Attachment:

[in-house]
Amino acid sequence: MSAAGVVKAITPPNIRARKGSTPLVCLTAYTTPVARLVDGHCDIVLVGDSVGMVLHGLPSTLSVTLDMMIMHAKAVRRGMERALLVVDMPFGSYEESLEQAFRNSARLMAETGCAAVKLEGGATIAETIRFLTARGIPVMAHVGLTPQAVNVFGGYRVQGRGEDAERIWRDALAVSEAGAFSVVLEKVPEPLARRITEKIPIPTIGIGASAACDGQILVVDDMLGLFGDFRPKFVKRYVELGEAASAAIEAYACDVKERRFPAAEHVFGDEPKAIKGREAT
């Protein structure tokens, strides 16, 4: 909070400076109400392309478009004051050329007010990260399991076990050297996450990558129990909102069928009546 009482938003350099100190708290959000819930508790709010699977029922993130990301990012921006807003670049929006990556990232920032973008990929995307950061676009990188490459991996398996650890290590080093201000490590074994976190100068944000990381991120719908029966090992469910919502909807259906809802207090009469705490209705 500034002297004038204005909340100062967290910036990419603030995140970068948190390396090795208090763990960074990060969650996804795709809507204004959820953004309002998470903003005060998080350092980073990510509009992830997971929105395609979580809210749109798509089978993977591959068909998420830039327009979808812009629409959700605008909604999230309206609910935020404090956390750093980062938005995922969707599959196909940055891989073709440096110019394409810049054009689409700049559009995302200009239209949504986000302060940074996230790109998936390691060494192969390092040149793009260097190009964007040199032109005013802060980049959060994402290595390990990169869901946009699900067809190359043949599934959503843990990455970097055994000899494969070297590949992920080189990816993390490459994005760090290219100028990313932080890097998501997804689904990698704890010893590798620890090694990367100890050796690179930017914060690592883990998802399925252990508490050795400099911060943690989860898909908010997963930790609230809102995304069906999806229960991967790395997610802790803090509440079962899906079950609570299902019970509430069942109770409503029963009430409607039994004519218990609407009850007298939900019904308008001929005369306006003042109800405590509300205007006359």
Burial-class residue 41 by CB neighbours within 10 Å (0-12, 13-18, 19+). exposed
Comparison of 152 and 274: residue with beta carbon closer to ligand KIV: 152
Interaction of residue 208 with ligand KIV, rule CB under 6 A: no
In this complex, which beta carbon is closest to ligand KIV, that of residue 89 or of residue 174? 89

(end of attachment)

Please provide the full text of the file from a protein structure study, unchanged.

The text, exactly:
[in-house]
Amino acid sequence: MSAAGVVKAITPPNIRARKGSTPLVCLTAYTTPVARLVDGHCDIVLVGDSVGMVLHGLPSTLSVTLDMMIMHAKAVRRGMERALLVVDMPFGSYEESLEQAFRNSARLMAETGCAAVKLEGGATIAETIRFLTARGIPVMAHVGLTPQAVNVFGGYRVQGRGEDAERIWRDALAVSEAGAFSVVLEKVPEPLARRITEKIPIPTIGIGASAACDGQILVVDDMLGLFGDFRPKFVKRYVELGEAASAAIEAYACDVKERRFPAAEHVFGDEPKAIKGREAT
């Protein structure tokens, strides 16, 4: 909070400076109400392309478009004051050329007010990260399991076990050297996450990558129990909102069928009546 009482938003350099100190708290959000819930508790709010699977029922993130990301990012921006807003670049929006990556990232920032973008990929995307950061676009990188490459991996398996650890290590080093201000490590074994976190100068944000990381991120719908029966090992469910919502909807259906809802207090009469705490209705 500034002297004038204005909340100062967290910036990419603030995140970068948190390396090795208090763990960074990060969650996804795709809507204004959820953004309002998470903003005060998080350092980073990510509009992830997971929105395609979580809210749109798509089978993977591959068909998420830039327009979808812009629409959700605008909604999230309206609910935020404090956390750093980062938005995922969707599959196909940055891989073709440096110019394409810049054009689409700049559009995302200009239209949504986000302060940074996230790109998936390691060494192969390092040149793009260097190009964007040199032109005013802060980049959060994402290595390990990169869901946009699900067809190359043949599934959503843990990455970097055994000899494969070297590949992920080189990816993390490459994005760090290219100028990313932080890097998501997804689904990698704890010893590798620890090694990367100890050796690179930017914060690592883990998802399925252990508490050795400099911060943690989860898909908010997963930790609230809102995304069906999806229960991967790395997610802790803090509440079962899906079950609570299902019970509430069942109770409503029963009430409607039994004519218990609407009850007298939900019904308008001929005369306006003042109800405590509300205007006359």
Burial-class residue 41 by CB neighbours within 10 Å (0-12, 13-18, 19+). exposed
Comparison of 152 and 274: residue with beta carbon closer to ligand KIV: 152
Interaction of residue 208 with ligand KIV, rule CB under 6 A: no
In this complex, which beta carbon is closest to ligand KIV, that of residue 89 or of residue 174? 89